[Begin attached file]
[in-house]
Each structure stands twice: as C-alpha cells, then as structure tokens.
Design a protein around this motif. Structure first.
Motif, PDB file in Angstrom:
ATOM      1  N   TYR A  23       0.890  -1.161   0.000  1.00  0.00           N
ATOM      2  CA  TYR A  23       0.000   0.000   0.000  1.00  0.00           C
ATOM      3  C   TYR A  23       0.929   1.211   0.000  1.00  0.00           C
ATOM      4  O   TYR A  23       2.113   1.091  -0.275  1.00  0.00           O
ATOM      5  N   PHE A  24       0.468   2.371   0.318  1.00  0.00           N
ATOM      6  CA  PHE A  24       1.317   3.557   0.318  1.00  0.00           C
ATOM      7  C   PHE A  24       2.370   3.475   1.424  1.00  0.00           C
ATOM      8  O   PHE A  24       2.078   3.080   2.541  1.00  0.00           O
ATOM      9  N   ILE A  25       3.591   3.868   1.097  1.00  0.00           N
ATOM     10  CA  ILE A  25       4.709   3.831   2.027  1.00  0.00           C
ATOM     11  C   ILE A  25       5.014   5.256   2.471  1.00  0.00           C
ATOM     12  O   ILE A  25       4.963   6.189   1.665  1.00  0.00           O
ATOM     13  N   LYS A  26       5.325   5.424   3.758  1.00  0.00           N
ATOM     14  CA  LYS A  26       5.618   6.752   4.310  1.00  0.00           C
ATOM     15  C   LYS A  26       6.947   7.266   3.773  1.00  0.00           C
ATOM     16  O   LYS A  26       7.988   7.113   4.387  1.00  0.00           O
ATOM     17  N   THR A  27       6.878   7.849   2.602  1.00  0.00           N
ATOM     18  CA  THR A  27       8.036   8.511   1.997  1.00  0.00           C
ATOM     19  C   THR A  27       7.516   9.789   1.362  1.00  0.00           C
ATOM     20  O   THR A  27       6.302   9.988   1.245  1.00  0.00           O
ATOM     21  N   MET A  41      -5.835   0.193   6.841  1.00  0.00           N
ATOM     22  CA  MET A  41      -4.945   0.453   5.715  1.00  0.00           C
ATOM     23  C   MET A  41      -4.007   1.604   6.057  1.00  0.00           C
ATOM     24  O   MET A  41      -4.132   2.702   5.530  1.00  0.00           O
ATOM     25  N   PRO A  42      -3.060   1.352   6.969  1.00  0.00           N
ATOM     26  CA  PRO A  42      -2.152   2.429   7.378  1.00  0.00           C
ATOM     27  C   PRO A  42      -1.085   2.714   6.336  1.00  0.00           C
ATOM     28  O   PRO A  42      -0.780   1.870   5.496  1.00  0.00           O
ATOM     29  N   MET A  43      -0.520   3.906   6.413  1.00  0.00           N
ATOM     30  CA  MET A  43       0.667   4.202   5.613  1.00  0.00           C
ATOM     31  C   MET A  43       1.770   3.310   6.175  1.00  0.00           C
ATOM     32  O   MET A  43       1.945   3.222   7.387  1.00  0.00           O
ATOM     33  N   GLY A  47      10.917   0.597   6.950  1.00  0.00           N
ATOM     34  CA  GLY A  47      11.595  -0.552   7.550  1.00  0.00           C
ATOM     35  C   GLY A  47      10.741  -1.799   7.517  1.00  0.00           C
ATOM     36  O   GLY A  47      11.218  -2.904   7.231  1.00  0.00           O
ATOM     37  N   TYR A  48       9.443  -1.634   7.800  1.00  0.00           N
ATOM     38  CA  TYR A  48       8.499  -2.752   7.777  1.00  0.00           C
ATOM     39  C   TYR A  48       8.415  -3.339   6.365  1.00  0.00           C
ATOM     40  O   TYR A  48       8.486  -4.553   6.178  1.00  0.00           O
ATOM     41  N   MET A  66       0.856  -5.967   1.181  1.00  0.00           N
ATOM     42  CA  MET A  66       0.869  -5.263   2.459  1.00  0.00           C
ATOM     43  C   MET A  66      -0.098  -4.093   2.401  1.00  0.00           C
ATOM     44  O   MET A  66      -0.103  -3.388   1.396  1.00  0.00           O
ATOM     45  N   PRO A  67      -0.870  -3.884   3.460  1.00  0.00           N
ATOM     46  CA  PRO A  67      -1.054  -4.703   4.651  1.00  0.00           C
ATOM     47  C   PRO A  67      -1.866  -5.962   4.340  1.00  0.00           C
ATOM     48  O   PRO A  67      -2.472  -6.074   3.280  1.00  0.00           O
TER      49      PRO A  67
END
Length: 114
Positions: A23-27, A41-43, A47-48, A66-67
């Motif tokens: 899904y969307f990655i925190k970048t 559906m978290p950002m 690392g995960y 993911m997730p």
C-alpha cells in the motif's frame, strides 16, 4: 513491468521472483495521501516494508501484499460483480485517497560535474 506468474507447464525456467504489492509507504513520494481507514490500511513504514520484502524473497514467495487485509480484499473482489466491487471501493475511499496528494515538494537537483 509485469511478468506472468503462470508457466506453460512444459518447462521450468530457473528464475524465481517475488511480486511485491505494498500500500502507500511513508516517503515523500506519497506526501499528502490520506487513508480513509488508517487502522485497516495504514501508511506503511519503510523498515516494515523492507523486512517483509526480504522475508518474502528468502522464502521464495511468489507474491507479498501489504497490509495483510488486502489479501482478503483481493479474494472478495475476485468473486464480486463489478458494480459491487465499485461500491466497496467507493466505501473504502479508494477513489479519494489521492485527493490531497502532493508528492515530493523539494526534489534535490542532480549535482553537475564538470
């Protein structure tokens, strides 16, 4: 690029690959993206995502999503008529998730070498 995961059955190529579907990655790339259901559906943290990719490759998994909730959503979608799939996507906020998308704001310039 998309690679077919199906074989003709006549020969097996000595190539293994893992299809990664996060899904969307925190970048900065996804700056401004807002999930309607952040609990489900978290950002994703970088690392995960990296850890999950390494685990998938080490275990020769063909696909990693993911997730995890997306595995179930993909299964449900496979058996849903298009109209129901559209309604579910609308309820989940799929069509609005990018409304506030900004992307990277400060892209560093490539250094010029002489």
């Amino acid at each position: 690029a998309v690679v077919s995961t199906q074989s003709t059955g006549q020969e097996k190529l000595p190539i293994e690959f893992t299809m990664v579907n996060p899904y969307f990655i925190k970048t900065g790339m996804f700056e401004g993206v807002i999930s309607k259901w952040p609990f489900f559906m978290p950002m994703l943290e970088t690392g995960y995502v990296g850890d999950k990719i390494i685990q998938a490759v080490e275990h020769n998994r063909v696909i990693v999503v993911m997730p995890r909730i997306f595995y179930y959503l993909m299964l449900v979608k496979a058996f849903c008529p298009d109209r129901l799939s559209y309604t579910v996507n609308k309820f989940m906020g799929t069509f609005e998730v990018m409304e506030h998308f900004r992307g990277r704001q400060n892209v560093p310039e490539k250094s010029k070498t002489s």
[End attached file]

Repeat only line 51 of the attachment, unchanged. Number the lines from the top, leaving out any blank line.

ATOM     47  C   PRO A  67      -1.866  -5.962   4.340  1.00  0.00           C